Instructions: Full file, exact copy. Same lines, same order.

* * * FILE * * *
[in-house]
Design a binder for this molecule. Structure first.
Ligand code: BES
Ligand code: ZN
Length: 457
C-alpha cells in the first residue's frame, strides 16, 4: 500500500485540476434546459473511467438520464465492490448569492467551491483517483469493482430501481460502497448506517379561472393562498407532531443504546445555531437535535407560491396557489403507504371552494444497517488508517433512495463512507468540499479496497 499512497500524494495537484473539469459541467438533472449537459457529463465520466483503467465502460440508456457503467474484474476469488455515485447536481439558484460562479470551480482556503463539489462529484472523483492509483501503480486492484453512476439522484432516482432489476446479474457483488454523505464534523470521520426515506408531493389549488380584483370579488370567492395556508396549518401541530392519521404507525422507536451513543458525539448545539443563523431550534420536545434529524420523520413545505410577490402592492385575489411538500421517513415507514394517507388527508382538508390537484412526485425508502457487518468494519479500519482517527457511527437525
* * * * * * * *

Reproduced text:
[in-house]
Design a binder for this molecule. Structure first.
Ligand code: BES
Ligand code: ZN
Length: 457
C-alpha cells in the first residue's frame, strides 16, 4: 500500500485540476434546459473511467438520464465492490448569492467551491483517483469493482430501481460502497448506517379561472393562498407532531443504546445555531437535535407560491396557489403507504371552494444497517488508517433512495463512507468540499479496497 499512497500524494495537484473539469459541467438533472449537459457529463465520466483503467465502460440508456457503467474484474476469488455515485447536481439558484460562479470551480482556503463539489462529484472523483492509483501503480486492484453512476439522484432516482432489476446479474457483488454523505464534523470521520426515506408531493389549488380584483370579488370567492395556508396549518401541530392519521404507525422507536451513543458525539448545539443563523431550534420536545434529524420523520413545505410577490402592492385575489411538500421517513415507514394517507388527508382538508390537484412526485425508502457487518468494519479500519482517527457511527437525